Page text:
Geographical context:

Wood River descends from high mountain sources (forested aside from bare rock exposures characteristic of steep slopes) to a fairly broad valley prior to emerging into a central Snake plains segment. This mining, logging, ranching, and resort area has highways up Wood River and Trail Creek connecting with Stanley Basin and Lost River farther north. Rail service reaches Hailey and Ketchum. Noted particularly for superlative ski slopes and Silver Creek’s fishing resources, this area has become a diversified resort development of national significance. Elevations rise from at Magic Reservoir to 12,078 at Mount Hyndman.

Historical summary:

Mineral discoveries on Wood River go back to the gold rush years following the Boise Basin mining excitement of 1862. A premature stampede to Wood River was reported early the next spring, and serious prospecting continued there in 1864. Nothing of great interest turned up then, except for Warren P. Callahan’s discovery of a galena lode which he noticed right along Goodale’s Cutoff south of later Bellevue, when he was passing through the valley on his way to Montana. Prospectors set out for Wood River from Rocky Bar again in 1865: most finished their search entirely disappointed, but some of them found some claims worth locating near the divide between Camas Creek and Wood River in a district later known as the Hailey Gold Belt.

Indian opposition helped to hold back any development there for fourteen years. Eventually two of the original discoverers returned during the Wood River rush and saw their mines flourish. Meanwhile, Warren P. Callahan came back to examine his galena lode near Goodale’s Cutoff. He and his brother located a claim there September 3, 1873, and followed up with another in 1874. They did their annual assessment work regularly for the next four years.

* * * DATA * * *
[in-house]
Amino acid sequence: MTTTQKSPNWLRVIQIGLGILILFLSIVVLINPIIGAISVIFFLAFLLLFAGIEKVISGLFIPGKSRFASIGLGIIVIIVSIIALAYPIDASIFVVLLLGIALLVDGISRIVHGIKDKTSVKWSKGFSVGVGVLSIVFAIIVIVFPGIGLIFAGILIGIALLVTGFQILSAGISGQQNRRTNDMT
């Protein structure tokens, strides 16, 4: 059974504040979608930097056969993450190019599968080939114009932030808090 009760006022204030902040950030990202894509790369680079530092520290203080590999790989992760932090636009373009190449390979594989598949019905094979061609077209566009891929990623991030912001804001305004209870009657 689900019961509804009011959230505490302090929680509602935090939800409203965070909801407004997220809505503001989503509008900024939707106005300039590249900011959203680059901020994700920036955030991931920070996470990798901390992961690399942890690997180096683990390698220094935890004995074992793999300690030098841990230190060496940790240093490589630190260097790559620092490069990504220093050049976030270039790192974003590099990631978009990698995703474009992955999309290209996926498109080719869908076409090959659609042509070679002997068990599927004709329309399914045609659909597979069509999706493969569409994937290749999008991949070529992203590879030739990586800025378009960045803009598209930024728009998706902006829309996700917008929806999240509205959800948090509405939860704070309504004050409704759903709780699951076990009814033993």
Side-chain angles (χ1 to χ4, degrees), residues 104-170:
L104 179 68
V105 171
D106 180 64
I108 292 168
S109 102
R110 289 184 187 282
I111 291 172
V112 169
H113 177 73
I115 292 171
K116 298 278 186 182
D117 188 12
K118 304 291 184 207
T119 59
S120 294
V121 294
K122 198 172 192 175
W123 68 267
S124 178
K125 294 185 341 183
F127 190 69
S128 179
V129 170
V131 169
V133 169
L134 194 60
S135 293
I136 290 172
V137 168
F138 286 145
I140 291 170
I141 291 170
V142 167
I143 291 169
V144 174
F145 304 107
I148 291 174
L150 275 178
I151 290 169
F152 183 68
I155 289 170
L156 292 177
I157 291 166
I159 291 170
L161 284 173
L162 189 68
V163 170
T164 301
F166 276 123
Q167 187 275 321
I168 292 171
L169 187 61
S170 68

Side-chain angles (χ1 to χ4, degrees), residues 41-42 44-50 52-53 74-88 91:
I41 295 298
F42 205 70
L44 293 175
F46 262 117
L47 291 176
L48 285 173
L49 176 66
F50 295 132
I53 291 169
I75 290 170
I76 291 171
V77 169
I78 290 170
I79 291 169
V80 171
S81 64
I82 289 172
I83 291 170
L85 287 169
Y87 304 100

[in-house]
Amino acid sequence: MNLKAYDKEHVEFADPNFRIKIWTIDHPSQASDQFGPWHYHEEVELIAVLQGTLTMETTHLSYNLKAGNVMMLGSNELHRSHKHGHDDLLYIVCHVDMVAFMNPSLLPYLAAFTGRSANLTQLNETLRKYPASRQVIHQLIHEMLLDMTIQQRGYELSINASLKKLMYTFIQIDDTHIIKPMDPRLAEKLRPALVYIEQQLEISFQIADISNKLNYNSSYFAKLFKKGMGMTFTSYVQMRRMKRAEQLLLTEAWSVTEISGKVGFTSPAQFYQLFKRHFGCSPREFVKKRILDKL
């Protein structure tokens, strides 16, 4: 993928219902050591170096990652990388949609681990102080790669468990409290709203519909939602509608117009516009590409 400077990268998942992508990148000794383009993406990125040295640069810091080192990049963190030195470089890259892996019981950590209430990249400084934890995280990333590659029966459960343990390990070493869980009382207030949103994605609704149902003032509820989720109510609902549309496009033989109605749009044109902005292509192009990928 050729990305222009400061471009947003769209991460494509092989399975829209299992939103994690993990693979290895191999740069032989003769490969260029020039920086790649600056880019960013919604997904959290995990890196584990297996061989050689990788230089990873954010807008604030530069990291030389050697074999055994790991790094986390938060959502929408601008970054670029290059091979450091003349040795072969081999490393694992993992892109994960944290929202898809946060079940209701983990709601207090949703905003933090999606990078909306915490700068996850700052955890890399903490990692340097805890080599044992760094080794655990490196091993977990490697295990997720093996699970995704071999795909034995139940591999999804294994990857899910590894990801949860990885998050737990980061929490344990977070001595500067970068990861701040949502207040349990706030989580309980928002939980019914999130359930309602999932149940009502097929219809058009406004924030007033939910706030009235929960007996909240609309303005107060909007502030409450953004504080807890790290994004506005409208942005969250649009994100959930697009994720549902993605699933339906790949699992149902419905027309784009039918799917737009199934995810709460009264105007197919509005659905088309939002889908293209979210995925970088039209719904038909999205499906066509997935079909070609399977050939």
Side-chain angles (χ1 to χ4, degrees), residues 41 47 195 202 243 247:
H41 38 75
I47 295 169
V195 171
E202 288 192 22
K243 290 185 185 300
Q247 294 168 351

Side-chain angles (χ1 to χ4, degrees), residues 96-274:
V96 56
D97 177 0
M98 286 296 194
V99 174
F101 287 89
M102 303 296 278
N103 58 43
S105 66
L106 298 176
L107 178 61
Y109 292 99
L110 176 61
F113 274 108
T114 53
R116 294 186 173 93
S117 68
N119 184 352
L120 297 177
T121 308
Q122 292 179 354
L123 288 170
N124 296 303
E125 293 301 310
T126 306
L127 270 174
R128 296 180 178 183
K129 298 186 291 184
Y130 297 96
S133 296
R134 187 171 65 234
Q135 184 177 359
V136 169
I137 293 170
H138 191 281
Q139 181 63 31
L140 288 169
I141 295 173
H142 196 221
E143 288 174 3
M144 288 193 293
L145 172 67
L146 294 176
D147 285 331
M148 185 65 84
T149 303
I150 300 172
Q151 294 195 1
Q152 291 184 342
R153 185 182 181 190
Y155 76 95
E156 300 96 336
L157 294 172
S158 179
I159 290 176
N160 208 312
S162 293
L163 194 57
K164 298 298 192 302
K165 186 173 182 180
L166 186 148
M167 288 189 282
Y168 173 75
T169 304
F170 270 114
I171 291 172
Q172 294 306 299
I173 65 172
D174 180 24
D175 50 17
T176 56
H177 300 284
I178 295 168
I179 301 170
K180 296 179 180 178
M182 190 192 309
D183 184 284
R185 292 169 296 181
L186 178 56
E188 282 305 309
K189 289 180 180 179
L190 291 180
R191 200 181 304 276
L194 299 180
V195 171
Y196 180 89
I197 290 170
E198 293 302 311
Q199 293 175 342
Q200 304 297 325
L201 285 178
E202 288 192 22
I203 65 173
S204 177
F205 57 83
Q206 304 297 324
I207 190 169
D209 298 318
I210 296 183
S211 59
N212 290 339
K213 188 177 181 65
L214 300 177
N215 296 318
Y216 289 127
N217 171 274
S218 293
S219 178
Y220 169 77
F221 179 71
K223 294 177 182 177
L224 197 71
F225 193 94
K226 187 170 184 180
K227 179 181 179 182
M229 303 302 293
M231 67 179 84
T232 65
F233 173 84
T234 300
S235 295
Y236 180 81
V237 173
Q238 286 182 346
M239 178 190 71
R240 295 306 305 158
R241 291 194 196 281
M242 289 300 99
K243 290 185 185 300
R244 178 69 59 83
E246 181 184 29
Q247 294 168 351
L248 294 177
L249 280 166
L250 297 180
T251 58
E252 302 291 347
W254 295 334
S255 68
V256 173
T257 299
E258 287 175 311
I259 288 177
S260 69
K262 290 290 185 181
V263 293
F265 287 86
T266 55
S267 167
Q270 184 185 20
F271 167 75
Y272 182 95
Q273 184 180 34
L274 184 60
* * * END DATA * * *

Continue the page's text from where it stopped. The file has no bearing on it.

Then the Bannock War of 1878 kept them out. During that time, they displayed galena samples from their lode in Rocky Bar with little effect. Miners in Rocky Bar got excited about gold and silver but could care less about lead. By the end of the Bannock War, though, times were changing. Profitable methods of smelting lead and silver ores had been worked out in Eureka, Nevada, and improved still more (for areas where the ore could not be worked as advantageously as in Eureka) in Leadville, Colorado. Better transportation also was on the way with railway construction extending through Idaho not too far from Wood River. Lead prospects that amounted to little before the Bannock War now seemed worth developing. So Warren P. Callahan came back to relocate his galena lode, April 26, 1879, and other prospectors began to look over the entire Wood River area. David Ketchum came across some promising lead silver mines at the head of Wood River in May. Frank W. Jacobs found the Queen of the Hills — one of the major producers of the region — near later Bellevue (five or six miles north of Callahan’s property) on July 15, and by August another belt of lead silver ledges at the head of Little Smoky (where limited gold discoveries in 1864 had led to a modest amount of mining from 1873 on) brought mining to the Wood River divide northwest of the Callahan and Jacobs lodes.